(3) Encourage the delivery of entrepreneurship components at all levels of higher education to change the mind-set of our graduates from job-seekers to job-creators.
(4) Build the capacity and capabilities of the existing local institutions to improve the readiness level of our graduates for the job market. Develop links with industry, the private sector, the public sector and NGOs and make education directly relevant to the world of work and entrepreneurship.
(5) An international knowledge hub will remain a slogan until we invest in research and increase productivity in terms of publications, research development, links with industry. Collaborative research projects across institutions would need to be facilitated through a more proactive Mauritius Research Council. The foreign universities that set up here need to bring value added to Mauritius at all levels including their research expertise. Identifying with key stakeholders areas of research that Mauritius would depend on for the next ten years and giving priority to those would be an important pre-requisite.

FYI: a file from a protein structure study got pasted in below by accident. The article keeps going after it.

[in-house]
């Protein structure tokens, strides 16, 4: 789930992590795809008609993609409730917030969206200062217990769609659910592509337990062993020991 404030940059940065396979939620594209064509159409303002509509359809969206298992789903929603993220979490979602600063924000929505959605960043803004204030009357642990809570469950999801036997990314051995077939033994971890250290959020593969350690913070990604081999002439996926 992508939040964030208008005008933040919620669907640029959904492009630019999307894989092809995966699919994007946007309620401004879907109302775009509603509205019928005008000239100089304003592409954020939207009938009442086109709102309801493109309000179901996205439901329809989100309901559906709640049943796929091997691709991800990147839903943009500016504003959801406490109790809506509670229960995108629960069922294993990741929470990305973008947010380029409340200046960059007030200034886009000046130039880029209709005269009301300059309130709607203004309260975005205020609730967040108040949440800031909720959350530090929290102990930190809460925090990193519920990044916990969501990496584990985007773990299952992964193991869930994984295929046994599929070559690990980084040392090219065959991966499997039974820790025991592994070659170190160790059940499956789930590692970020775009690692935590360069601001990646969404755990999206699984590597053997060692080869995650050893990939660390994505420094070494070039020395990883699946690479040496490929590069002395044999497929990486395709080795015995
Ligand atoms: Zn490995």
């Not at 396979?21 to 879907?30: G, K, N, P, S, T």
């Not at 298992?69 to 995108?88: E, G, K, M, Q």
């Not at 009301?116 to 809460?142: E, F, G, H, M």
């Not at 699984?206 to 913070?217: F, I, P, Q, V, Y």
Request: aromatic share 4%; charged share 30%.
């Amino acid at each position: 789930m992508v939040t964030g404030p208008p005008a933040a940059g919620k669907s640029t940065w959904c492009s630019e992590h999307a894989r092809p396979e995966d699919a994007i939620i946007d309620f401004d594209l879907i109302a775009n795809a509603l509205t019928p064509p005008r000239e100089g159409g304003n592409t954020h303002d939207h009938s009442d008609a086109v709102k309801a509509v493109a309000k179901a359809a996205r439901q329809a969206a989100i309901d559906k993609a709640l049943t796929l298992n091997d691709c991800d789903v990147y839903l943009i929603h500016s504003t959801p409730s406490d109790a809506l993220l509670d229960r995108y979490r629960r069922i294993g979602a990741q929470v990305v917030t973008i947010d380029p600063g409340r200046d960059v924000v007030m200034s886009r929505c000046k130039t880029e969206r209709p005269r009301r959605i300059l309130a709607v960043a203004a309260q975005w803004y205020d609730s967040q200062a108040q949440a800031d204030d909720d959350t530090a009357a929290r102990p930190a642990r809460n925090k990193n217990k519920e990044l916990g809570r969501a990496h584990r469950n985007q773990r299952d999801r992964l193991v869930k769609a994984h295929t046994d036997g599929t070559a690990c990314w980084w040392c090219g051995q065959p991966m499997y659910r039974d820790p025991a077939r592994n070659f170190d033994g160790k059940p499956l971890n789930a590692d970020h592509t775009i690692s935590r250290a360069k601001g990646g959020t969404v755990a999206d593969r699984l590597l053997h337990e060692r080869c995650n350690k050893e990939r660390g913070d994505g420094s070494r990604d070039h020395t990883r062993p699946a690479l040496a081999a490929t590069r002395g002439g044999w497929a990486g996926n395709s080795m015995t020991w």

B
(6) Encourage public institutions to reduce their dependence on Government resources by focusing more on monetising assets, research and development with industry, obtaining endowments from alumni.
(7) Democratise access to tertiary education through technology and create a nation of lifelong learners. Devise a Smart Campus, in line with the Smart Mauritius project of the Government, to reduce the cost of higher education, increase access to a wider group of students while maintaining standards.
(8) Develop new knowledge on home ground through teaching and research. The internationalisation of education necessarily means the internationalisation of the curriculum. Local input developed to support internationalised curriculum should be harvested and diffused to the international community.